Ireland was hit hard by the global financial crunch of 2007 and 2008. It was the first of the EU member states to slip into recession immediately following the bursting of the economic bubble.
As the economy contracted, banks faced default and government debt increased, with Ireland eventually taking an €67.5bn loan from the European Commission, European Central Bank (ECB) and the International Monetary Fund (IMF)
Falling tax income and the need to bail out banks saw the Irish government spending in other areas of public life.
The government had introduced the Public Sector Recruitment Embargo in 2009, which stopped hiring of all civil servants across government and cut pay and pensions – in return for a promise of no compulsory redundancies. Not that this was entirely adhered to.
"If you modernised in one area that released people, you had to move those people into other places..."
What that embargo did achieve, however, was to leave ICT as one of the few ways to change how government worked, according to Bill McCluggage, the Irish government’s chief information officer in 2013-14 and now a consultant.
Ireland introduced shared services, starting with human resources, along with a national network service for the public sector.
But the embargo caused its own problems. “If you modernised in one area that released people, you had to move those people into other places,” says McCluggage. “The scale and capability to realise efficiencies was I believe constrained by that agreement.”
GDS-alike? I don't think so
It also made it difficult to set up new ways to do ICT. McCluggage rejected the option of forming a small Irish equivalent of the UK’s Government Digital Service: “The capability to pull people in quickly the way that [GDS co-founder] Mike Bracken and GDS did was completely constrained because of the process you had to go through to justify people and positions,” he says.
Jim Friars, chief executive of the Irish Computer Society, says this was frustrating for suppliers as it stopped both spending and strategic thinking. “What they were talking about was: ‘We can save money here if we implement some of this stuff, but you have to spend money before you save money’,” he says.
One exception was the Office of the Revenue Commissioners, Ireland’s tax office, not least because it could potentially help in the raising of much-needed revenue for the state.
The office developed a range of digital and online services and created a brand-new system to collect Ireland’s Local Property Tax, introduced in 2013, in a year. “They are probably at the head in the whole of Europe in being one of the most efficient revenue-collecting organisations,” according to McCluggage.
The financial crisis is slowly turning into a memory. The Irish economy is now expected to grow at 3.6 times the Eurozone average, with a 3.5 per cent increase in GDP. That ban on government staff hires officially ended some time ago.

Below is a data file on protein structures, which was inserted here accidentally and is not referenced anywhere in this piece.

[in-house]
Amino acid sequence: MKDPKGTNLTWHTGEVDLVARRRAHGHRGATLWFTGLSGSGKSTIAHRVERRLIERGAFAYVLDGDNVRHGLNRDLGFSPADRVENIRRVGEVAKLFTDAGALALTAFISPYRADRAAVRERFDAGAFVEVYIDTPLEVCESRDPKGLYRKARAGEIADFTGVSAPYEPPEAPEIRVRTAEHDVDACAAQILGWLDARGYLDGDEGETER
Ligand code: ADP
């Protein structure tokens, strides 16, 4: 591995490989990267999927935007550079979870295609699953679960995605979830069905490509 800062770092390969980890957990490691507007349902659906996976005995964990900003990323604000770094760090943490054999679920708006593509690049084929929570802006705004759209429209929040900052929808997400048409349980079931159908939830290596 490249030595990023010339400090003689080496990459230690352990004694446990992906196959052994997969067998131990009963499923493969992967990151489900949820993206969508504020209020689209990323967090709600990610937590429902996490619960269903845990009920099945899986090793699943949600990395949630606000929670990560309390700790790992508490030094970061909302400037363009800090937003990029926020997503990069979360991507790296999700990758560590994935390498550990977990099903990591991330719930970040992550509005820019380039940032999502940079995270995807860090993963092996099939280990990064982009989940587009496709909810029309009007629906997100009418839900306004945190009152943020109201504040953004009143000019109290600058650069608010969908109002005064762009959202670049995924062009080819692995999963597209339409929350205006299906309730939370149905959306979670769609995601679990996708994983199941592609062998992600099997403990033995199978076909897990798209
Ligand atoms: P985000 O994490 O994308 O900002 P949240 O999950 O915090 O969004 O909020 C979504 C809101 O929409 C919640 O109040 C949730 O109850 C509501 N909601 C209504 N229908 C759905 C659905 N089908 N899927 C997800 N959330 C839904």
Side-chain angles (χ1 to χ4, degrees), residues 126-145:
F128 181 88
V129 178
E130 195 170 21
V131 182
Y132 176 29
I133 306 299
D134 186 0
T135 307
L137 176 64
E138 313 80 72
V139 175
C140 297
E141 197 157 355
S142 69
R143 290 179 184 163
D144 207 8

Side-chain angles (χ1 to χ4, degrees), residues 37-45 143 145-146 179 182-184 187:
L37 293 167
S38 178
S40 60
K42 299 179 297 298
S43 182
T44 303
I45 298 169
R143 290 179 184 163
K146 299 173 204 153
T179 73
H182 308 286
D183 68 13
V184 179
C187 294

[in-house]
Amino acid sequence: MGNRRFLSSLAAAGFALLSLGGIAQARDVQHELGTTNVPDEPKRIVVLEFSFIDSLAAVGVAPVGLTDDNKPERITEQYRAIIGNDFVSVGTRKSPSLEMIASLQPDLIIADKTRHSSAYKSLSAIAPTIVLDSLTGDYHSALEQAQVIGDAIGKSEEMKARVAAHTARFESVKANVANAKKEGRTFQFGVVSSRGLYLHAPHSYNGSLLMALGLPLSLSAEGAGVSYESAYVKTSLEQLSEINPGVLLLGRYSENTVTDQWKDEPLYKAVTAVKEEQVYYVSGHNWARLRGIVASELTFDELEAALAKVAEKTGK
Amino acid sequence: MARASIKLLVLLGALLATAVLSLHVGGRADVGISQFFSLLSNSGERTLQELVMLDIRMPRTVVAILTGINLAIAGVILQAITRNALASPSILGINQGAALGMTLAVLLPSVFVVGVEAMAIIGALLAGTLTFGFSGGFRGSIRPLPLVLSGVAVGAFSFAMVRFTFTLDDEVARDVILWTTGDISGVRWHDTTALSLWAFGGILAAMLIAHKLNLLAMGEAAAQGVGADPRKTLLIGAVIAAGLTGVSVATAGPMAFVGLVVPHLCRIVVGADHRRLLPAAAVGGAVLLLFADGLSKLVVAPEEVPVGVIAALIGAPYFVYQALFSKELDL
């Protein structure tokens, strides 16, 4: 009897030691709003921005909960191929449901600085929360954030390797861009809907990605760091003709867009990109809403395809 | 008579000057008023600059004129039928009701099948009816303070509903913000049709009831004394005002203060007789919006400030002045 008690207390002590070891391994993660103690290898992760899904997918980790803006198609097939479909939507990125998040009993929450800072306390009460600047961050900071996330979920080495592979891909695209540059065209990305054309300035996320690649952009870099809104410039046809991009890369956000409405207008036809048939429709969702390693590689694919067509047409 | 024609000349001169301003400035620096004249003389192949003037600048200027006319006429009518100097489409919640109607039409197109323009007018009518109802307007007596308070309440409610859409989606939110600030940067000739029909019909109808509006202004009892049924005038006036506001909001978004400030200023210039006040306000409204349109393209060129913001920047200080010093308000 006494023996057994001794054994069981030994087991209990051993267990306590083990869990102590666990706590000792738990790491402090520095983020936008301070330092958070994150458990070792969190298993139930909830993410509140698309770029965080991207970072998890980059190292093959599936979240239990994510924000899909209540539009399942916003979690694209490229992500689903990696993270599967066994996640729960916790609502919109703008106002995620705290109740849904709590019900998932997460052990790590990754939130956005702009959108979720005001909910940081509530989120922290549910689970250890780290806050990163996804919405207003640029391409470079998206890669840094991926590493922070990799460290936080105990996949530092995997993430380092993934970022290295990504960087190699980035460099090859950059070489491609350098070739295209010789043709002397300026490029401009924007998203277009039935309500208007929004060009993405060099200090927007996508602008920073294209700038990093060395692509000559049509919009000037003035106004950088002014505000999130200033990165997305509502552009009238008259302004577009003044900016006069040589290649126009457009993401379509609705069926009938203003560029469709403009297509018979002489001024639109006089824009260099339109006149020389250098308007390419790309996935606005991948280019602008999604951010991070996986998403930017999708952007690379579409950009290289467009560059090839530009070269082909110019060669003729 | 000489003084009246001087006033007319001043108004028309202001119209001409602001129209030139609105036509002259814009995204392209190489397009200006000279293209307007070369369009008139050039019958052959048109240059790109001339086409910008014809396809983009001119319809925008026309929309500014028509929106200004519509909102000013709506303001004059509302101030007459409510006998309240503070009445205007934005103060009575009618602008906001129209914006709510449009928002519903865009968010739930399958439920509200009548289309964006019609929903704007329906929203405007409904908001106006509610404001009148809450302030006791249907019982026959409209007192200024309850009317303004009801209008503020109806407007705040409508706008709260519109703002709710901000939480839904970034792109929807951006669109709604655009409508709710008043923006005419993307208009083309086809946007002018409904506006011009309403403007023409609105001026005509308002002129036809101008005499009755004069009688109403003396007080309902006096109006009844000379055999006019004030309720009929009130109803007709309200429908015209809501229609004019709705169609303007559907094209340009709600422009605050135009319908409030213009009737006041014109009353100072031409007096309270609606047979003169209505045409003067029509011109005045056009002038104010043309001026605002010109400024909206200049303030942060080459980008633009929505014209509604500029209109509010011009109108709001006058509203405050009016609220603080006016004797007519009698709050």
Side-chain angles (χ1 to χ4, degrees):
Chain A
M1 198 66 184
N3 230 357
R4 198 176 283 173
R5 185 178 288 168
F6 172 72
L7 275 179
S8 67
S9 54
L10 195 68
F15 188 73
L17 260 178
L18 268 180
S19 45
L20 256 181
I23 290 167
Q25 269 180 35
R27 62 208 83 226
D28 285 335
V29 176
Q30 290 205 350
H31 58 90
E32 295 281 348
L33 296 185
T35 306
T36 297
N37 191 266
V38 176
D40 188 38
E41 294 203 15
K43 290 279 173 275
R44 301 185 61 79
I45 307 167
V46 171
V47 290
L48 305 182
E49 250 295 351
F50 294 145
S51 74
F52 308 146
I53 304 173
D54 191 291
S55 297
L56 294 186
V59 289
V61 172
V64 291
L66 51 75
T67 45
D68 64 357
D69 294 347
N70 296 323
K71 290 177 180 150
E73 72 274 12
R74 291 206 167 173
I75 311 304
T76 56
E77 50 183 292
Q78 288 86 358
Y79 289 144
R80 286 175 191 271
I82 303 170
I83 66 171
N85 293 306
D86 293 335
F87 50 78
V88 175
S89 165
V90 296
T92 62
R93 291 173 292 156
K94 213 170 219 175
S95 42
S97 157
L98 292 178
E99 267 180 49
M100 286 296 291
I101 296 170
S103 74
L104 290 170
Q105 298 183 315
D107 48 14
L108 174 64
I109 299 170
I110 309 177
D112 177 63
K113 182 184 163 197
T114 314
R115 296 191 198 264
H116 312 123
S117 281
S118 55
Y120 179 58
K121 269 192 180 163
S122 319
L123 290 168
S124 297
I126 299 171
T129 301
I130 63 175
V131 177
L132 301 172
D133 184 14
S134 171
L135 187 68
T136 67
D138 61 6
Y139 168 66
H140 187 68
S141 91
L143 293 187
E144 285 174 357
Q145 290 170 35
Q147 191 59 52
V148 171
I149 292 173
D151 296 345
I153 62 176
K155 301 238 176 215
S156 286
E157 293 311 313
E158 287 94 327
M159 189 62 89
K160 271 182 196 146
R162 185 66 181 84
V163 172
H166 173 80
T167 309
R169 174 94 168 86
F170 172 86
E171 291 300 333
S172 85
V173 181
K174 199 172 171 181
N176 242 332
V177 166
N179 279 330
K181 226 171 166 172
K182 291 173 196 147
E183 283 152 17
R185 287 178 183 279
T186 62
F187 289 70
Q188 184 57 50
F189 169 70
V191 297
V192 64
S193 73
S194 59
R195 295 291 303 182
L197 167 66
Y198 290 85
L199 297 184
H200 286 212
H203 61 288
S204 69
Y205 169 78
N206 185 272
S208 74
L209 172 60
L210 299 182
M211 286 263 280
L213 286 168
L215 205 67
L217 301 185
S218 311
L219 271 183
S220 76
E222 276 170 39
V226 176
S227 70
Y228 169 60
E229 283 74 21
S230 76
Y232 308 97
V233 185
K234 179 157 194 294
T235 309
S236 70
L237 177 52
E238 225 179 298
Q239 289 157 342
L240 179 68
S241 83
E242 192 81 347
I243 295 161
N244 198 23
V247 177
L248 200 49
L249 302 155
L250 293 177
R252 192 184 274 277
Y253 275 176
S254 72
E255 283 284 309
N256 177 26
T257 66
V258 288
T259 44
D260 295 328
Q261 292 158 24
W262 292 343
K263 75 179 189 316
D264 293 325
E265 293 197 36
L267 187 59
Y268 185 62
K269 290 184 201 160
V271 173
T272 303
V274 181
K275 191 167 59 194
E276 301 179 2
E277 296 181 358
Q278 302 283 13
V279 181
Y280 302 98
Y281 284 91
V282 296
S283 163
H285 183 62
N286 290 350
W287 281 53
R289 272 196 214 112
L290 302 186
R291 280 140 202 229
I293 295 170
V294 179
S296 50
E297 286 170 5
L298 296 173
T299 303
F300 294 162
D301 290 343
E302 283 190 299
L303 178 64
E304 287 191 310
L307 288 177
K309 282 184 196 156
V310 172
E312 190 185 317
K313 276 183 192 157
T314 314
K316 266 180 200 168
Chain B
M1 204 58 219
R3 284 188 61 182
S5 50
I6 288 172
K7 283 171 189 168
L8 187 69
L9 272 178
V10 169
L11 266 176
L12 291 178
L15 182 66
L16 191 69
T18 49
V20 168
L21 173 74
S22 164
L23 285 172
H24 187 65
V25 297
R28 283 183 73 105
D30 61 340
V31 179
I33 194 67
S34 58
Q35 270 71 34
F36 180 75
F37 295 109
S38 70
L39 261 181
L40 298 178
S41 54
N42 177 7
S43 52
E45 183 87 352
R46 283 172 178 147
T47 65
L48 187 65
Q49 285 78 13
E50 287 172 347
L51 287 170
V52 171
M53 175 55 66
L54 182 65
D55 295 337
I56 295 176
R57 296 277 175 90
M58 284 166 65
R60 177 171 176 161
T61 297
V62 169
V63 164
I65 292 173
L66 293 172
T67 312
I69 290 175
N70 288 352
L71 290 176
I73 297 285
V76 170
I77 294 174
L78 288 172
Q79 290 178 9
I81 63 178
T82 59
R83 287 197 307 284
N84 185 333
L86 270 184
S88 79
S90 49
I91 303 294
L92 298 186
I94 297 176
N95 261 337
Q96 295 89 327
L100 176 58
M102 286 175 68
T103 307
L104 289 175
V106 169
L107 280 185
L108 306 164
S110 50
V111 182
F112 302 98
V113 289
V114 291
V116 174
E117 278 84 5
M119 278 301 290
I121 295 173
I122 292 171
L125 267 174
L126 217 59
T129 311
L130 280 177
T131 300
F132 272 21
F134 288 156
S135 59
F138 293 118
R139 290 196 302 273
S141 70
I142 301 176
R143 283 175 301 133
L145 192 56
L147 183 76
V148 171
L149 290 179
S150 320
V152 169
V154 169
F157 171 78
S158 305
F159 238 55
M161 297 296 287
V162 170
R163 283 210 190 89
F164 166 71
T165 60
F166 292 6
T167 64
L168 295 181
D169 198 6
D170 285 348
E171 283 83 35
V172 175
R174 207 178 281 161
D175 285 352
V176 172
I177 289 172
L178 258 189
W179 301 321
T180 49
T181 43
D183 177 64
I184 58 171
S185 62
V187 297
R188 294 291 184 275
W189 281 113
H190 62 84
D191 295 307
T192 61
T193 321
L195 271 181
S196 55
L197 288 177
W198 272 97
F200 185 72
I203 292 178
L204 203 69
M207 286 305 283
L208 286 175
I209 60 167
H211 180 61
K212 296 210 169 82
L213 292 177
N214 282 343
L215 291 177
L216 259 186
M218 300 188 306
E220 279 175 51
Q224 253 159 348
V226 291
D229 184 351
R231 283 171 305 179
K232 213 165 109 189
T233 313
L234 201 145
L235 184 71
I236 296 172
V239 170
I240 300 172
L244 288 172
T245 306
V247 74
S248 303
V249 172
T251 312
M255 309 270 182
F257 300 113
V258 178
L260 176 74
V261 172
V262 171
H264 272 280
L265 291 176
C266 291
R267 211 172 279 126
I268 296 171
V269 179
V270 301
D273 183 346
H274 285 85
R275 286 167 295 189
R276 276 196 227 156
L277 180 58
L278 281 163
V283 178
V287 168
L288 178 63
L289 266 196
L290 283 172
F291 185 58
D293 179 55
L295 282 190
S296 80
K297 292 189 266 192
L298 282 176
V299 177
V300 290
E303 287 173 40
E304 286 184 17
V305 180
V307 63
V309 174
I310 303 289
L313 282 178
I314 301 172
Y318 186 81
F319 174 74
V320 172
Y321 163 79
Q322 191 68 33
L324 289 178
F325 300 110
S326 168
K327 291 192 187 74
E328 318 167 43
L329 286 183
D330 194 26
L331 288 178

Ireland’s financial recovery leading up to this point is letting it become more forward thinking on IT projects, too. One area where this is being felt is in the national health service.
“There were pockets of absolute excellence in localities, but no national healthcare IT function,” says Richard Corbridge, chief information officer of the Health Service Executive, which co-ordinates public sector health and social care. “We believe the Irish healthcare technology system is around 15 years behind the NHS.”
The UK’s National Health Service organisations spent billions on ICT in the 2000s, while Ireland cut healthcare spending to essentials – meaning technology was not updated. Corbridge says one Irish patient administration system was more than 33 years old and ran on Mumps, the US-developed, health-centric programming language dating from 1966, with others using Cobol and Vax.
"There were pockets of absolute excellence in localities, but no national healthcare IT function"
The last 18 months has seen Europe’s biggest Microsoft replacement project, with 47,000 new machines running Windows 7 and 10 over the last year allowing for the scrappage of ones running Windows XP, NT and even 98. “Having said that, there are still 10,000 people working in primary care, delivering care, without any technology in their hands,” adds Corbridge.
The executive is introducing national healthcare systems. CSC is implementing a single patient administration system, McKesson has installed a national picture archiving and communication systems which lets users see medical images across the country and Cerner is providing maternity, new-born and laboratory software.
Ireland has gone live with a national electronic referral system from primary care to hospitals. It is in the process of planning an overarching national electronic health record service which will use several suppliers, and will not only let patients see their own records but also which professionals have viewed them.
Much of this work draws on England’s problematic NHS National Programme for IT. Corbridge, a Briton who worked on that programme, says Ireland has learnt from England’s mistakes. “It gives us a great opportunity. There are an awful lot of positive and negative lessons to be learnt, and we can take those, apply them to Ireland and make sure that we get these sorts of things right.” This includes getting clinicians to lead projects and focusing them on changing processes rather than ICT.
Corbridge reckons Ireland can catch up with UK healthcare IT in five to six years. “Clinical engagement in Ireland is much easier,” he says. This is partly due to the smaller size of the country, but also “the enthusiasm for what technology can do in healthcare is huge amongst clinicians in Ireland”.
Tough time economic times forced the Republic to adapt and tech was the answer. With its economic prospects looking brighter, however, the State's tech is gearing up for something a little more strategic. ®